Fusing together pop, R&B, hip hop, and experimental genres, Victor makes it a point to bring to light the complexities of being a first-generation American by openly voicing their battle with mental health, dealing with familial and cultural pressures, and exploring their personal growth
You grew up on the south side of Chicago. What was that like?
I grew up in La Villita in Chicago. It’s a mostly Mexican neighborhood where you have paleteros walking the streets, you can buy chicharrones on the corner, they’ve got some really good tacos. So yeah, it was a pretty cool neighborhood for the most part, but it also came with a lot of weird moments- the neighborhood is low income so I went to a school with mostly low income families, and so there was always this weird struggle with each other, like I think we were all trying to act hard and so that made it really hard for people like me to feel comfortable with expressing my emotions and feeling vulnerable too. I think especially the boys at school, there were a lot of gang bangers so everyone was trying to be tough. It was always really weird to navigate that growing up. I think after moving out I started getting in touch with how I felt and how I felt being vulnerable, and I started to get more comfortable with that. I think also surrounding myself with people from different communities really helped. But yeah, I think growing up in La Villita was really hard because everyone at school was just so tough. I had friends that were gang banging during the week- they would pull up on people. It was such a weird time. There was just this pressure. I never participated in that but there was definitely this pressure to also act hard and act tough and sensor myself. But again, just knowing other people and meeting people from other communities really helped me get comfortable with myself and express myself better, and it also made me more comfortable figuring out my sexuality- I think that was also like really cool just seeing that. I transferred schools later on. I went to school at Chi Arts in Humboldt Park and I met like a bunch of different people from all communities, and I think just seeing them be comfortable with who they were really inspired me to take that leap and kind of let go of everything I had learned growing up in La Villita.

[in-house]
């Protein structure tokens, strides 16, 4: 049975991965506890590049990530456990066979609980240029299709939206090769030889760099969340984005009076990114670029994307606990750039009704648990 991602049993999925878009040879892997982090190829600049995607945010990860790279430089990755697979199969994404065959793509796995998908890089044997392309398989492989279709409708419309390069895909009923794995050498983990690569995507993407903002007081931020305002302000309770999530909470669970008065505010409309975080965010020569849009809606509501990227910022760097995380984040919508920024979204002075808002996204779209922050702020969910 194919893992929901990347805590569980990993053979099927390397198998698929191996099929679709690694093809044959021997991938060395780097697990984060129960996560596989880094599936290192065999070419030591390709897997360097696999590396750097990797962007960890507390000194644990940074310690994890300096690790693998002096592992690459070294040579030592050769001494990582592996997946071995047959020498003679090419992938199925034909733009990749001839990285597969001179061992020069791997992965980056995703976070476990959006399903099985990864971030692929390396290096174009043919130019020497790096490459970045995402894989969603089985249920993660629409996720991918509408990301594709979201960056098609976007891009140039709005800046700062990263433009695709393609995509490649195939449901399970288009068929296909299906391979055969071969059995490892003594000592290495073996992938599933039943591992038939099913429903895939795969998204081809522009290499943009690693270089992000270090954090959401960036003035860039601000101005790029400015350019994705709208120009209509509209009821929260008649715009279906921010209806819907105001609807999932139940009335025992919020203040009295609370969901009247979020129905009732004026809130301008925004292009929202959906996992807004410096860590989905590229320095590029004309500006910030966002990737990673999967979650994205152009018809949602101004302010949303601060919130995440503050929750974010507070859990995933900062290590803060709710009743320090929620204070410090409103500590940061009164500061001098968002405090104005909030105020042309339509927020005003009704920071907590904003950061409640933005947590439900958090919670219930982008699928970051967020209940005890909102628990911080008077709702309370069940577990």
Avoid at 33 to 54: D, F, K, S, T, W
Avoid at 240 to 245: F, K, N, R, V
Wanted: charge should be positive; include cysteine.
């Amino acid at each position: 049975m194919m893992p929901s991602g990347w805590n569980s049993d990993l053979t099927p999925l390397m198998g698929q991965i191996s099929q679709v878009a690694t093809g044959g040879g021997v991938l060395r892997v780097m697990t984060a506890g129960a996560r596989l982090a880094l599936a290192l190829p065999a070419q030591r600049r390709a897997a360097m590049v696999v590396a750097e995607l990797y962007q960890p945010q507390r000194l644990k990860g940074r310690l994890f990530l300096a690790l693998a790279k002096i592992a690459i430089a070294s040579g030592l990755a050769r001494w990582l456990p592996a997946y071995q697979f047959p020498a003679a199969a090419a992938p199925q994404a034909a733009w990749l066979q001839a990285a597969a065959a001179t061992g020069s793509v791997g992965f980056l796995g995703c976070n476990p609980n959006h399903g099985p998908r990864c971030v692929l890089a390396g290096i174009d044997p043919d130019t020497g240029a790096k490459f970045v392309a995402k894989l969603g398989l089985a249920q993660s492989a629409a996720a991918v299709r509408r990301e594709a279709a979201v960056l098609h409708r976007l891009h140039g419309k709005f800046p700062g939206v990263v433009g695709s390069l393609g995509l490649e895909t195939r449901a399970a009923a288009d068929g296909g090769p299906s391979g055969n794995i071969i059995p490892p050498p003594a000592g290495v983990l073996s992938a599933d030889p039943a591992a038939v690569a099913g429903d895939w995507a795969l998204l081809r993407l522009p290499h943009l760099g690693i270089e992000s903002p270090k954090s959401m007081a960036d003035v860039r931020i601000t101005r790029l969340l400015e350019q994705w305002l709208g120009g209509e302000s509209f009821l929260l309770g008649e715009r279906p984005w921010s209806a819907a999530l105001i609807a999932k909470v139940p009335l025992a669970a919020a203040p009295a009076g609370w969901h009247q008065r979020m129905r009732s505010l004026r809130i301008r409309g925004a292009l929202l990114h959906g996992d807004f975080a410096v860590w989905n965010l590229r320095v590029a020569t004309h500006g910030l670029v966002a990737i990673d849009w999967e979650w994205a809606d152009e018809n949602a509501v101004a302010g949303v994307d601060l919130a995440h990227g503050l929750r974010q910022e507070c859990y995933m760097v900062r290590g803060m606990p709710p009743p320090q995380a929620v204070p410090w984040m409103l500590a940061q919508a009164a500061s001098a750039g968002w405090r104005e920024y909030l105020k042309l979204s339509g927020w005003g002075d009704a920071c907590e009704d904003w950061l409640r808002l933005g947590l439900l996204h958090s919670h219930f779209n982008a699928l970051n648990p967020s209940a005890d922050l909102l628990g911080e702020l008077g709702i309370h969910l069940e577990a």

Do you think growing up there had an impact on the type of music you make now?